Eager to get going, I moved out of my crummy apartment in the Yangjiacun district and into the old city, which is surrounded by four ancient walls.  I took up for two nights in the Han Tang Inn hostel.  I realised upon arriving that I had stayed there before, a few years ago when I last visited China.  It was a perfect haven after the difficult and emotional week I’d had.  I checked into my six bed dorm and marveled at the relative luxury compared to what would have been my home in Yangjiacun.  It felt clean, safe and comfortable.


Han Tang Inn Hostel

Han Tang Inn Hostel


 

I ordered some comforting grub and a cup of tea and mapped out my next day and a half.  It says something about my experience that I’d felt extremely nervous about lugging my baggage out into the street to hail the taxi that would bring me here, and that I was reluctant to go outside.  I wanted to stay where I was protected.  This was a far cry from my attitude in 2012, when I flew out with my then-girlfriend to explore India and Southeast Asia and bounced from plane to taxi to train without batting an eyelid.  That trip was a breeze with barely a worry in the world, and no compunction about hailing a taxi, or trying to buy fruit from people who we couldn’t communicate with except for the odd word and lots of gesticulating.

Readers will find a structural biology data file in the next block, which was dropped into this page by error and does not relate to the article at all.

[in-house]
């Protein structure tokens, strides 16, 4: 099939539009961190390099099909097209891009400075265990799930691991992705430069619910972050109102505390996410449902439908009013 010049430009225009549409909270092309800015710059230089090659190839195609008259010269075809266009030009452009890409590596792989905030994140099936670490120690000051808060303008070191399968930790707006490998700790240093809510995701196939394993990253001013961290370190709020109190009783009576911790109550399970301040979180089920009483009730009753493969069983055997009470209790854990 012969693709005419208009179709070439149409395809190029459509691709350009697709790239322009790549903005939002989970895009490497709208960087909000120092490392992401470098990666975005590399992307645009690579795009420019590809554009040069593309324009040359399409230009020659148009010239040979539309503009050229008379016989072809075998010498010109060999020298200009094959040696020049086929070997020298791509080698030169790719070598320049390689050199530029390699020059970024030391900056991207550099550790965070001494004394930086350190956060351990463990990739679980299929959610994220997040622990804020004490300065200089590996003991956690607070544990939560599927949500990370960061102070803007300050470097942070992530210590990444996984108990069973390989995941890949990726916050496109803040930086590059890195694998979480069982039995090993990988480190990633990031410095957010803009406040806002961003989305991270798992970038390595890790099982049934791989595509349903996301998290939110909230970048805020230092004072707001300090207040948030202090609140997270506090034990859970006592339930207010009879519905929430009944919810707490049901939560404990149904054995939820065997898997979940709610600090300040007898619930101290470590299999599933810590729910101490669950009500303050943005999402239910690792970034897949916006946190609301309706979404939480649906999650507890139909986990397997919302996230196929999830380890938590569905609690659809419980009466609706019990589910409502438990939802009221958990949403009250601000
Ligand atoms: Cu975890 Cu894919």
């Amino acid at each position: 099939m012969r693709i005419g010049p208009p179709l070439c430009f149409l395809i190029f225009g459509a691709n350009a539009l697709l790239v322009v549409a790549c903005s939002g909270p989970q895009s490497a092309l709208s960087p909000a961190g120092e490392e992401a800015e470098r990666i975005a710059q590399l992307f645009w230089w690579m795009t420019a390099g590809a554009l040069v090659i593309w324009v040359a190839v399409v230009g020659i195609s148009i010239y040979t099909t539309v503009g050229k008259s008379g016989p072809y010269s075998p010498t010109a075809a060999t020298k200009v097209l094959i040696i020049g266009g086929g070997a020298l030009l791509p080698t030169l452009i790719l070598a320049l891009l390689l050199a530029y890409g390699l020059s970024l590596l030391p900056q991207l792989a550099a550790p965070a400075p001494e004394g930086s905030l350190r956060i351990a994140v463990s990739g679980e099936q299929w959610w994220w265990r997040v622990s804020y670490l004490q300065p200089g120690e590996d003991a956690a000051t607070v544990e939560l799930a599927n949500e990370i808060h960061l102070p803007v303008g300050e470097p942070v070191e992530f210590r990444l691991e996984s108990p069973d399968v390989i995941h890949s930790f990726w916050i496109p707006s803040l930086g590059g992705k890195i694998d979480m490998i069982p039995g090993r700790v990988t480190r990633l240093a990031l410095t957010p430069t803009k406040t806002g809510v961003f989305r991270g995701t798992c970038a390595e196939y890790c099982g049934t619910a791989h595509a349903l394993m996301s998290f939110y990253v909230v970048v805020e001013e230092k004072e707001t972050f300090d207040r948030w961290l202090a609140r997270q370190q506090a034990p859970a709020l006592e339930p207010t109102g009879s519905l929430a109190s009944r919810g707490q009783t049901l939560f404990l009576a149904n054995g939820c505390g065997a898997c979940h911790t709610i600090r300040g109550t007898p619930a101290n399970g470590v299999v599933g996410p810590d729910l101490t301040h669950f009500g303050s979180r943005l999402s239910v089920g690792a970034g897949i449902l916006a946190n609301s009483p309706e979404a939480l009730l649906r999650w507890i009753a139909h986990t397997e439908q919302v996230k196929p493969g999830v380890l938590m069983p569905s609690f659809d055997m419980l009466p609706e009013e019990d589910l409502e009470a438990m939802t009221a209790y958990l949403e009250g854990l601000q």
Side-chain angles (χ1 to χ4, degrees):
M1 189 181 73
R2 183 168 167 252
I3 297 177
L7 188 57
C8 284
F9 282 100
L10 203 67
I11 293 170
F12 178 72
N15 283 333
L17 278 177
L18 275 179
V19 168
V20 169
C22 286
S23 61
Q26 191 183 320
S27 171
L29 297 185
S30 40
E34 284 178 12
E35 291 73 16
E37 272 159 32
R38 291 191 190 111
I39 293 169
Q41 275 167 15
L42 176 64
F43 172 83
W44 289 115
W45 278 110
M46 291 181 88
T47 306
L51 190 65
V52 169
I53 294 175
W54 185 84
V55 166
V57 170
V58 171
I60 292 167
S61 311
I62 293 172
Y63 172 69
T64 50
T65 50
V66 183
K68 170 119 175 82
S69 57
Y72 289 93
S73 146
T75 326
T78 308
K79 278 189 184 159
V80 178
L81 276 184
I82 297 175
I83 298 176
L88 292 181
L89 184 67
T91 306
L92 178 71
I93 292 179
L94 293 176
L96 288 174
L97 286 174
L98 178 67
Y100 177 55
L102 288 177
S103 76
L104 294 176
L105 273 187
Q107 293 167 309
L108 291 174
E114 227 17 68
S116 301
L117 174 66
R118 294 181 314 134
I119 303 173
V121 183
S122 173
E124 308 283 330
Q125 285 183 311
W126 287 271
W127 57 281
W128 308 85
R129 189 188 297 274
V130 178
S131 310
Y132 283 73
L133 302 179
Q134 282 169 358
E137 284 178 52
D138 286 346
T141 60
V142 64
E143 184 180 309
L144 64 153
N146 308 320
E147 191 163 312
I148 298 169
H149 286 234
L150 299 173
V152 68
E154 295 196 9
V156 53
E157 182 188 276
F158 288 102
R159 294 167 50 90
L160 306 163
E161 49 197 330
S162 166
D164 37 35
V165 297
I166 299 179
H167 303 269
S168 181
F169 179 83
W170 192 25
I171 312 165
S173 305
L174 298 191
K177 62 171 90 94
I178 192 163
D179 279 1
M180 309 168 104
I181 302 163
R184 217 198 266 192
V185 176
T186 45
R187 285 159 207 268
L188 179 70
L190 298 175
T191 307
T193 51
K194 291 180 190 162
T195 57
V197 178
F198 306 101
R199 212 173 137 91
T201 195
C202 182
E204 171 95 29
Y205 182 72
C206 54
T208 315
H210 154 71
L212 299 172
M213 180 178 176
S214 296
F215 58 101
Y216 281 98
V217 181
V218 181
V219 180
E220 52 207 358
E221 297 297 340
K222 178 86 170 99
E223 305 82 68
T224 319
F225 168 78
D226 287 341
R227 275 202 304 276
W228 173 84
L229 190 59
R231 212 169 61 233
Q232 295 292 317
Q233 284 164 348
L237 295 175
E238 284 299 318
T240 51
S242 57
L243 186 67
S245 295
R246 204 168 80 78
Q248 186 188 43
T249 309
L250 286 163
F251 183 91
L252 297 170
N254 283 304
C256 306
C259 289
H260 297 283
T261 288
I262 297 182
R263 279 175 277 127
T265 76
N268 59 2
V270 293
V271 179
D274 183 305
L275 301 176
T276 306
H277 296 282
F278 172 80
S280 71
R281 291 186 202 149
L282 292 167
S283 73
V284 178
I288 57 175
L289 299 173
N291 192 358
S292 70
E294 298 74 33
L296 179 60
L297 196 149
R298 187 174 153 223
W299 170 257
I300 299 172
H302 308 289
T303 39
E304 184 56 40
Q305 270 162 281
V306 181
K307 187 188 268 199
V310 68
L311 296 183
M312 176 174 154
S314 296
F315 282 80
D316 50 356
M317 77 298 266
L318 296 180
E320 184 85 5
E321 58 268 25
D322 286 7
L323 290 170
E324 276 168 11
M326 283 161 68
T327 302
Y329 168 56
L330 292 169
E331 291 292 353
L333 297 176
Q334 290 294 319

So that these new anxieties didn’t get the better of me, I forced myself out into the daylight.  The hostel is centrally located so I was right in the middle of the old city.  The area inside of the city walls is barely touched by the area’s notorious smog – most of the traffic and ever-present dusty construction is without – and sunlight shone down as I reacquainted myself with the ancient capital.

It took no time at all for me to remember why I’d chosen Xi’an to be my new home.  The city, like any in China, is horrendously crowded, but provided one isn’t in a hurry there is little to get wound up about.  The crowds stroll along and the traveler strolls with it, up to the lynchpin of the city, the old Bell Tower, and beyond to its partner the Drum Tower, on through the Muslim Quarter to barter for trinkets, out towards the Temple of the City Gods.  I was out until dark and then headed back.  But even the trip out into the clean, well-maintained centre of Shaanxi culture didn’t make me regret my decision to buy that flight home, though it served to balance some of the disappointment of my experiences.


 

The Bell Tower

The Bell Tower


Temple of the City Gods

Temple of the City Gods


 

That night I suffered the bane of the backpacker: sharing a dorm room with a snorer.  And snore he did, that friendly bearded Swede, from 05:00 for over an hour.  I hadn’t been able to get to sleep, but just as I was drifting off I was treated to that pre-dawn sonorous honk.  After a failed attempt to sleep in the common room, I dug deeper into my overdraft for a private room.

Blessed peace!